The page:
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The Accounts Commission’s Local Government in Scotland Financial bulletin for 2022/23 published today (Tuesday) reinforces COSLA’s warnings over the perilous state of Council finances over the last few years.

“Commenting, COSLA’s Resources Spokesperson Councillor Katie Hagmann said:  “The Accounts Commission’s Local Government in Scotland Financial bulletin for 2022/23, published today, reinforces what we have been saying about council finances and the really difficult and challenging decisions Councils have had to take in recent years.

“It is vitally important that these concerns, which have been consistently raised by COSLA, are now being backed up by hard facts and evidence presented by the Accounts Commission.

“There is widespread agreement from COSLA on the Accounts Commission’s key messages on the scale and financial challenge facing Scotland’s Councils, as well as the most pressing issues facing councils now.

“Some of these key messages, whilst extremely stark, come as no great surprise to those of us in Local Government.

  • In 2022/23 total revenue funding from all sources fell by £619 million (2.8 per cent) in real terms to £21.3 billion compared to 2021/22.
  • An increasing proportion of funding is ring-fenced or provided with the expectation it will be spent on specific services.
  • There is pressure on capital budgets, and this presents risks to the viability of local government capital programmes, many of which impact on key services (e.g., the construction and maintenance of schools, libraries, roads).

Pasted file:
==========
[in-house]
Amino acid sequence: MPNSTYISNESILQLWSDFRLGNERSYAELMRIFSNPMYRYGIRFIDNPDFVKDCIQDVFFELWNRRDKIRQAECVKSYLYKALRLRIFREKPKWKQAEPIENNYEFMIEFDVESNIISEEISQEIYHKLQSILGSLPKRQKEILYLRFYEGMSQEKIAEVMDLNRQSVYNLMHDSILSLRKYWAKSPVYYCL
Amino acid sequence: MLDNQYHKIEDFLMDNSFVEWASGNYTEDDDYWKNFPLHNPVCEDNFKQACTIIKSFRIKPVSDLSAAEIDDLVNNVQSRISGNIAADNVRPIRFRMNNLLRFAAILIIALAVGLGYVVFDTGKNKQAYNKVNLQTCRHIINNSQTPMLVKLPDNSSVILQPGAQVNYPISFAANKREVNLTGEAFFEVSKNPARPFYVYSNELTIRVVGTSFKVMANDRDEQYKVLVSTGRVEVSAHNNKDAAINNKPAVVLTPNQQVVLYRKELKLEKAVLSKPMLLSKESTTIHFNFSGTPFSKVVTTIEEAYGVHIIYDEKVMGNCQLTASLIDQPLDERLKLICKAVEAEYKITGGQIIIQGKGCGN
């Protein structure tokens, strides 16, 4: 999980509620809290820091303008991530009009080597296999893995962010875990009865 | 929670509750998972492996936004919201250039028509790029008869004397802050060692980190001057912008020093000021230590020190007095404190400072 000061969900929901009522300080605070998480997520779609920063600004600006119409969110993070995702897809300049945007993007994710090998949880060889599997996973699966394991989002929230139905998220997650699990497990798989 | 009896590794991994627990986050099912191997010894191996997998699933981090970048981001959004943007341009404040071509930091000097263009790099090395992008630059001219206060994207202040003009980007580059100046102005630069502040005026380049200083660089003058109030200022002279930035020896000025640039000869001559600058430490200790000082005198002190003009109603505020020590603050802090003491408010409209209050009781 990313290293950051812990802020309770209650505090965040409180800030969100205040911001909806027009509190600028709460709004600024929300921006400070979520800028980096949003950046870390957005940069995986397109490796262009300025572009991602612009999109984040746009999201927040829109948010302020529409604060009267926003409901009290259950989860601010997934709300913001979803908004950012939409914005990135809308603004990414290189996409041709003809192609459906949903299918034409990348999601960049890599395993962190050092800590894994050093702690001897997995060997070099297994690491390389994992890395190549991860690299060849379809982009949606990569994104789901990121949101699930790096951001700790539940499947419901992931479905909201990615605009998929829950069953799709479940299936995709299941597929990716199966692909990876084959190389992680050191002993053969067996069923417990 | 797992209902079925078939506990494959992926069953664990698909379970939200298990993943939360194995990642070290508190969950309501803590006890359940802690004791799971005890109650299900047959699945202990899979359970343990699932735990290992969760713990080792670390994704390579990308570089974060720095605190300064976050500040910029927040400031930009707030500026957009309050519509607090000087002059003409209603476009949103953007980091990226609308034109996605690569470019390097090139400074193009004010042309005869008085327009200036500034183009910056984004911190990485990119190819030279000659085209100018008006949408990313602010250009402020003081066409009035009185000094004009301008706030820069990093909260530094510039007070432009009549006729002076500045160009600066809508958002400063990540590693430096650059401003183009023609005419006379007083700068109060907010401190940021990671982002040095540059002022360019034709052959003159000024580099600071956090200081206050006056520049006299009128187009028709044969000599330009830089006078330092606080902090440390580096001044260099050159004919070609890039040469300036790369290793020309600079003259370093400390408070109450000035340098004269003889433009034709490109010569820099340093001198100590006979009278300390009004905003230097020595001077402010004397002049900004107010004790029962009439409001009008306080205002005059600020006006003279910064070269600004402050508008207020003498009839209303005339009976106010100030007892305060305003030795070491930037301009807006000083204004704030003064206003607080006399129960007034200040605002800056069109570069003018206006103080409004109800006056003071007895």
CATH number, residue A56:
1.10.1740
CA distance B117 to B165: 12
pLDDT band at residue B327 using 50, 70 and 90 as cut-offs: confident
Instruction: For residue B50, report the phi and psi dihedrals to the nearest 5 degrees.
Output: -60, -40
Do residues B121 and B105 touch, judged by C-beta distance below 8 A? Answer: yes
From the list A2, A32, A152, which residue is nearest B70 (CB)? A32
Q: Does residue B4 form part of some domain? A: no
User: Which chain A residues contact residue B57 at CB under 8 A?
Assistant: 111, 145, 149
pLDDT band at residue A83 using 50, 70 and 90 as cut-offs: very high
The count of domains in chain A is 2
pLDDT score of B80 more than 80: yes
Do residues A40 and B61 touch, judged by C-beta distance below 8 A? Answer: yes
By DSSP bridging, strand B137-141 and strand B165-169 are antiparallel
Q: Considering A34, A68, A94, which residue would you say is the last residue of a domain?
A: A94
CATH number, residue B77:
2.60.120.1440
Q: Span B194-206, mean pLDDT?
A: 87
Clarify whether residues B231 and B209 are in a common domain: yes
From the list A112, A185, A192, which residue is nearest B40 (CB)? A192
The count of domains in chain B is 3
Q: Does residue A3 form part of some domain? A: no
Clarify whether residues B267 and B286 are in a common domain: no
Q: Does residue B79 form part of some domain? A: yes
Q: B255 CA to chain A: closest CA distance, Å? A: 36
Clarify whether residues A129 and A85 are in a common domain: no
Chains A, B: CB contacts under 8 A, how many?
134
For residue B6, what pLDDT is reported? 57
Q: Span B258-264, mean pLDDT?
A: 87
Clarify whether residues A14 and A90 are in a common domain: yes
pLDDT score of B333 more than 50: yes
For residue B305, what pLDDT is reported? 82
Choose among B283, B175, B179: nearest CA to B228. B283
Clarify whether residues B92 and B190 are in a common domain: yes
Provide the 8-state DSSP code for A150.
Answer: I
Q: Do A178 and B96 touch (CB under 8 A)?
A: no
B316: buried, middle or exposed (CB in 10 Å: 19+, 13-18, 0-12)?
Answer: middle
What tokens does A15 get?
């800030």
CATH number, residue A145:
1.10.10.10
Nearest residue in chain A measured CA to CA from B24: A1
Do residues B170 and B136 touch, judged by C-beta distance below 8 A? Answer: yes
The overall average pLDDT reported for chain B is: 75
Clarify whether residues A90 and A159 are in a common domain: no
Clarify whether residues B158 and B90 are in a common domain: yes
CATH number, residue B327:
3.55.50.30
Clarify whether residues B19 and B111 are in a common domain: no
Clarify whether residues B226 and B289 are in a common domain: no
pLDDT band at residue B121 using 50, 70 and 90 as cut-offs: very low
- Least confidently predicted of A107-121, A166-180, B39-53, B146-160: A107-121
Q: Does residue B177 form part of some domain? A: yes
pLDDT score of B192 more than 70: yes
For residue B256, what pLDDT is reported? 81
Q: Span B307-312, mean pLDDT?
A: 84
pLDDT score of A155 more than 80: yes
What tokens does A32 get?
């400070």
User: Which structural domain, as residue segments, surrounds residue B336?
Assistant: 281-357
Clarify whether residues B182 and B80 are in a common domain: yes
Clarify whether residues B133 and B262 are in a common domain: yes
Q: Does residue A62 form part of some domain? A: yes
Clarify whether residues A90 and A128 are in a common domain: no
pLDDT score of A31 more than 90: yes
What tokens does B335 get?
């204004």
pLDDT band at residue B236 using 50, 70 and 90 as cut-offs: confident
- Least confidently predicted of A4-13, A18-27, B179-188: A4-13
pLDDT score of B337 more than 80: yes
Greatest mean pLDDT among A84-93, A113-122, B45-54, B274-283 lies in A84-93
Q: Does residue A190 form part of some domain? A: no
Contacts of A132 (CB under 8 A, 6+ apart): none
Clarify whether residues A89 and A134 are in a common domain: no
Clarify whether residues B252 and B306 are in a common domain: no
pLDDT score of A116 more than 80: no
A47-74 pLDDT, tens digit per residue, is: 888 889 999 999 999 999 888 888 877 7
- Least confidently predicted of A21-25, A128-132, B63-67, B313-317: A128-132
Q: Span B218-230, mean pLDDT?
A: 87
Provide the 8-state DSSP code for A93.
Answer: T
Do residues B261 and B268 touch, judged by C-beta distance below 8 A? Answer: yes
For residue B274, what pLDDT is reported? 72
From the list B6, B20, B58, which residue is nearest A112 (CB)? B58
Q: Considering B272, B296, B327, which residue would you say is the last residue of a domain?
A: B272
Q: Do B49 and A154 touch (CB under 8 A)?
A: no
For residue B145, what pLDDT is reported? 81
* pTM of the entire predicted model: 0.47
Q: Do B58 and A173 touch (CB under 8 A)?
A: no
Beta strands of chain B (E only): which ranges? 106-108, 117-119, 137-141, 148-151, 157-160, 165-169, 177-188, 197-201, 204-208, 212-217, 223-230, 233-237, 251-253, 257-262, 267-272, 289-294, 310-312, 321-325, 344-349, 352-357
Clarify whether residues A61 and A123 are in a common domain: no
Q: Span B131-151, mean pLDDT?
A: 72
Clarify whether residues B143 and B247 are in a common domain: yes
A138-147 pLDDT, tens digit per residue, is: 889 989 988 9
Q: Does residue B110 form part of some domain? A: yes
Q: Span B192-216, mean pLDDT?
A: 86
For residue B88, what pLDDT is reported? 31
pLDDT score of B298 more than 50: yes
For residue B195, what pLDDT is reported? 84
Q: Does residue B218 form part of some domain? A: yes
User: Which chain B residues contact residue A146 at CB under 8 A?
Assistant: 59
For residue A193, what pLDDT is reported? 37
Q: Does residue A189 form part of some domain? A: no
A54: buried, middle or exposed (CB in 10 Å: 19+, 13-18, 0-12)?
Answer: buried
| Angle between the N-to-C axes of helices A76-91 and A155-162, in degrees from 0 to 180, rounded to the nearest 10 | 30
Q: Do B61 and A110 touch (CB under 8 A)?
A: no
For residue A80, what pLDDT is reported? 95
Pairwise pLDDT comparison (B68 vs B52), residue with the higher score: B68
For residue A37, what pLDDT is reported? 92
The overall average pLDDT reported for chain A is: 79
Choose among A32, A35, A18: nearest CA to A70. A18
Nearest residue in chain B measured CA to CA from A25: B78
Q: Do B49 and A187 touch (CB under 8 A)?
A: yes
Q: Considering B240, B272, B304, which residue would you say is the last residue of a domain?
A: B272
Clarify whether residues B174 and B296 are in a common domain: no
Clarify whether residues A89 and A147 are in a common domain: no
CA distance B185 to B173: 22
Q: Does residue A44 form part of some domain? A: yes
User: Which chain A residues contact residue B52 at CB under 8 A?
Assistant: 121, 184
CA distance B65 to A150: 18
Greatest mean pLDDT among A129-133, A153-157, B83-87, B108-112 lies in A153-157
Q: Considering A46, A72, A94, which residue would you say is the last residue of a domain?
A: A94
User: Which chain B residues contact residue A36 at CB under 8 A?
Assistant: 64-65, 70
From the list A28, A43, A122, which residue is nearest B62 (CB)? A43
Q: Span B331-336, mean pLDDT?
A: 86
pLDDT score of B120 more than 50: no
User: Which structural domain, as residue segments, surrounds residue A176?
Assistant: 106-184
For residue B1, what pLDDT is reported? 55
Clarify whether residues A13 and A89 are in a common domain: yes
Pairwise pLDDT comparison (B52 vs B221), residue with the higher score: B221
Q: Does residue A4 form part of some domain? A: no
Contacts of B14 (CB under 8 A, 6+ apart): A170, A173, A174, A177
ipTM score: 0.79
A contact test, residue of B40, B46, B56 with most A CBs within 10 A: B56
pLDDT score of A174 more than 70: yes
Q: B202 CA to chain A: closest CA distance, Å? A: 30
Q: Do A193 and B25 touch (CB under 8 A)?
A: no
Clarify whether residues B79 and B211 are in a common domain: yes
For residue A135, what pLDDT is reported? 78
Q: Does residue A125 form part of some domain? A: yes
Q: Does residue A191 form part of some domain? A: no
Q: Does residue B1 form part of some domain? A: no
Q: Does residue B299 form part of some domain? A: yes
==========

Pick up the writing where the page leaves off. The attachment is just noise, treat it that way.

• Councils are increasingly having to rely on savings and reserves as well as making increasingly difficult decisions to reduce or stop services to help balance budgets.

“Today’s Accounts Commission Bulletin is a true reflection of where we are now.  Our reality right now is extremely challenging - years of real-terms cuts to council budgets have been coupled with increasing additional policy commitments and increased ring-fencing.  With so much funding still directed, the ability to take local decisions on most of our Budget is almost impossible.

Councillor Hagmann concluded: “The picture painted by the Accounts Commission illustrates why COSLA is lobbying hard on the detrimental impact to communities of the Draft Scottish Government Budget, currently going through the Parliamentary process.  The trends highlighted by the Bulletin are why Scotland’s Council Leaders are so disappointed and furthermore highlights the need to progress the ambitions of our joint Scottish Government and Local Government Verity House agreement. We must seek a solution to these long-term issues in order to protect the essential front-line service of our communities.

COSLA’s President, Vice President and Political Group Leaders, from all parties have written to the Deputy First Minister requesting that a meaningful negotiation takes place, to protect those who rely on essential services, support our local economies and continue to progress our net zero national ambitions.”